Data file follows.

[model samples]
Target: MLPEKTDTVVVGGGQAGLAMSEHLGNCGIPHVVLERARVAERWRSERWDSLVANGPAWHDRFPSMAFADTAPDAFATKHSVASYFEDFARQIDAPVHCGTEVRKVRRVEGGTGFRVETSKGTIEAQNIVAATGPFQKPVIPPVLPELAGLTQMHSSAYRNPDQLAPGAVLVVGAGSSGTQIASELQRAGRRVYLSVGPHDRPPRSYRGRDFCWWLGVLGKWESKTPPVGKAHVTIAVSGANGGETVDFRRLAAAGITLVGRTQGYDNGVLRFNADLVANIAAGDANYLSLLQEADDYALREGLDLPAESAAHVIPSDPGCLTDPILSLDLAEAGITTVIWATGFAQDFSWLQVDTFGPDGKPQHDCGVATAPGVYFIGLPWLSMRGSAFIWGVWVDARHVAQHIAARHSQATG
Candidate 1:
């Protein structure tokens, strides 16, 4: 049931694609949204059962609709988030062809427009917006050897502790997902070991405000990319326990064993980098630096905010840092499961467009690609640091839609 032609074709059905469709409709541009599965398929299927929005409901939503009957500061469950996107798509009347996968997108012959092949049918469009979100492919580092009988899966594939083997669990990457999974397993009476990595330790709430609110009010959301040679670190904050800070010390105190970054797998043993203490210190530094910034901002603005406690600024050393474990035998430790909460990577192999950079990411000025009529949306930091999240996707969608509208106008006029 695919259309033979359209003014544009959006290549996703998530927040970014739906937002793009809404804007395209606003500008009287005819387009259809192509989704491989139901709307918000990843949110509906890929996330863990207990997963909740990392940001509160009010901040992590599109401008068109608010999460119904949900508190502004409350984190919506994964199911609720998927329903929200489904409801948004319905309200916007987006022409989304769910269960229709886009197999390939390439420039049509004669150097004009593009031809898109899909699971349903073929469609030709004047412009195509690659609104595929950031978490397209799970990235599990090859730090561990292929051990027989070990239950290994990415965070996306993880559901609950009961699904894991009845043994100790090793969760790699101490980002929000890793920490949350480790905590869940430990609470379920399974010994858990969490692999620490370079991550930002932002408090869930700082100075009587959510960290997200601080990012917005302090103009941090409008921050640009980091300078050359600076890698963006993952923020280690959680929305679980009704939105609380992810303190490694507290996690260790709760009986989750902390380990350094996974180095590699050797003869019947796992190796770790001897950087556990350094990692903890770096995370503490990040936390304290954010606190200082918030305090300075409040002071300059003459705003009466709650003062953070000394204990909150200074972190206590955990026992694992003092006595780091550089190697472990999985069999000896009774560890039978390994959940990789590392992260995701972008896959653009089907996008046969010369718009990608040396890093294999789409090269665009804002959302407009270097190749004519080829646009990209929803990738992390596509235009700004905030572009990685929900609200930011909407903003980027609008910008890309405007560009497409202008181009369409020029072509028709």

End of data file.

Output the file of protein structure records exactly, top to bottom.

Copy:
[model samples]
Target: MLPEKTDTVVVGGGQAGLAMSEHLGNCGIPHVVLERARVAERWRSERWDSLVANGPAWHDRFPSMAFADTAPDAFATKHSVASYFEDFARQIDAPVHCGTEVRKVRRVEGGTGFRVETSKGTIEAQNIVAATGPFQKPVIPPVLPELAGLTQMHSSAYRNPDQLAPGAVLVVGAGSSGTQIASELQRAGRRVYLSVGPHDRPPRSYRGRDFCWWLGVLGKWESKTPPVGKAHVTIAVSGANGGETVDFRRLAAAGITLVGRTQGYDNGVLRFNADLVANIAAGDANYLSLLQEADDYALREGLDLPAESAAHVIPSDPGCLTDPILSLDLAEAGITTVIWATGFAQDFSWLQVDTFGPDGKPQHDCGVATAPGVYFIGLPWLSMRGSAFIWGVWVDARHVAQHIAARHSQATG
Candidate 1:
């Protein structure tokens, strides 16, 4: 049931694609949204059962609709988030062809427009917006050897502790997902070991405000990319326990064993980098630096905010840092499961467009690609640091839609 032609074709059905469709409709541009599965398929299927929005409901939503009957500061469950996107798509009347996968997108012959092949049918469009979100492919580092009988899966594939083997669990990457999974397993009476990595330790709430609110009010959301040679670190904050800070010390105190970054797998043993203490210190530094910034901002603005406690600024050393474990035998430790909460990577192999950079990411000025009529949306930091999240996707969608509208106008006029 695919259309033979359209003014544009959006290549996703998530927040970014739906937002793009809404804007395209606003500008009287005819387009259809192509989704491989139901709307918000990843949110509906890929996330863990207990997963909740990392940001509160009010901040992590599109401008068109608010999460119904949900508190502004409350984190919506994964199911609720998927329903929200489904409801948004319905309200916007987006022409989304769910269960229709886009197999390939390439420039049509004669150097004009593009031809898109899909699971349903073929469609030709004047412009195509690659609104595929950031978490397209799970990235599990090859730090561990292929051990027989070990239950290994990415965070996306993880559901609950009961699904894991009845043994100790090793969760790699101490980002929000890793920490949350480790905590869940430990609470379920399974010994858990969490692999620490370079991550930002932002408090869930700082100075009587959510960290997200601080990012917005302090103009941090409008921050640009980091300078050359600076890698963006993952923020280690959680929305679980009704939105609380992810303190490694507290996690260790709760009986989750902390380990350094996974180095590699050797003869019947796992190796770790001897950087556990350094990692903890770096995370503490990040936390304290954010606190200082918030305090300075409040002071300059003459705003009466709650003062953070000394204990909150200074972190206590955990026992694992003092006595780091550089190697472990999985069999000896009774560890039978390994959940990789590392992260995701972008896959653009089907996008046969010369718009990608040396890093294999789409090269665009804002959302407009270097190749004519080829646009990209929803990738992390596509235009700004905030572009990685929900609200930011909407903003980027609008910008890309405007560009497409202008181009369409020029072509028709």